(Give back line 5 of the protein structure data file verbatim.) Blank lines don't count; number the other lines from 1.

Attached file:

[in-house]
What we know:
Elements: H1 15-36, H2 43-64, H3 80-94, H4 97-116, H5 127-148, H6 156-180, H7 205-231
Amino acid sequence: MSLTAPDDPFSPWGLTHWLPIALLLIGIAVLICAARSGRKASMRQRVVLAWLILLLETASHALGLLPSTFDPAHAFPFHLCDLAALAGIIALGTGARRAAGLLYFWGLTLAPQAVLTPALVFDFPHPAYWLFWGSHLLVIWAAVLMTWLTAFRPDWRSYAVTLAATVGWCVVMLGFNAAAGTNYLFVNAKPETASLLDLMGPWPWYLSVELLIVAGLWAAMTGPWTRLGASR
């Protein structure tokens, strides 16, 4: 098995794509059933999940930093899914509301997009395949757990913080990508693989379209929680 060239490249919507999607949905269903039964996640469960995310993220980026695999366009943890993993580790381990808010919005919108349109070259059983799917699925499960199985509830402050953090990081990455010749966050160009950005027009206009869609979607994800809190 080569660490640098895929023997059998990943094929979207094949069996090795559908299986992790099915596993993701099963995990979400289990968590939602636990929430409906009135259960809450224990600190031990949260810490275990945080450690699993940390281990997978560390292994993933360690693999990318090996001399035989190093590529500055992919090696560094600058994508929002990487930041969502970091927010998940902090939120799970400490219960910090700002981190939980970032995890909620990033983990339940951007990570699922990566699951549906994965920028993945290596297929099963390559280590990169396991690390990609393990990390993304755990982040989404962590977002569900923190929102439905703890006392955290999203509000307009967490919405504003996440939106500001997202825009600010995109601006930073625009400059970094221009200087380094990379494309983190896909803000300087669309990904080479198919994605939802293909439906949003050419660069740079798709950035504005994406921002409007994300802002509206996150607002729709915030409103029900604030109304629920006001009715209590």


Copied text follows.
């Protein structure tokens, strides 16, 4: 098995794509059933999940930093899914509301997009395949757990913080990508693989379209929680 060239490249919507999607949905269903039964996640469960995310993220980026695999366009943890993993580790381990808010919005919108349109070259059983799917699925499960199985509830402050953090990081990455010749966050160009950005027009206009869609979607994800809190 080569660490640098895929023997059998990943094929979207094949069996090795559908299986992790099915596993993701099963995990979400289990968590939602636990929430409906009135259960809450224990600190031990949260810490275990945080450690699993940390281990997978560390292994993933360690693999990318090996001399035989190093590529500055992919090696560094600058994508929002990487930041969502970091927010998940902090939120799970400490219960910090700002981190939980970032995890909620990033983990339940951007990570699922990566699951549906994965920028993945290596297929099963390559280590990169396991690390990609393990990390993304755990982040989404962590977002569900923190929102439905703890006392955290999203509000307009967490919405504003996440939106500001997202825009600010995109601006930073625009400059970094221009200087380094990379494309983190896909803000300087669309990904080479198919994605939802293909439906949003050419660069740079798709950035504005994406921002409007994300802002509206996150607002729709915030409103029900604030109304629920006001009715209590």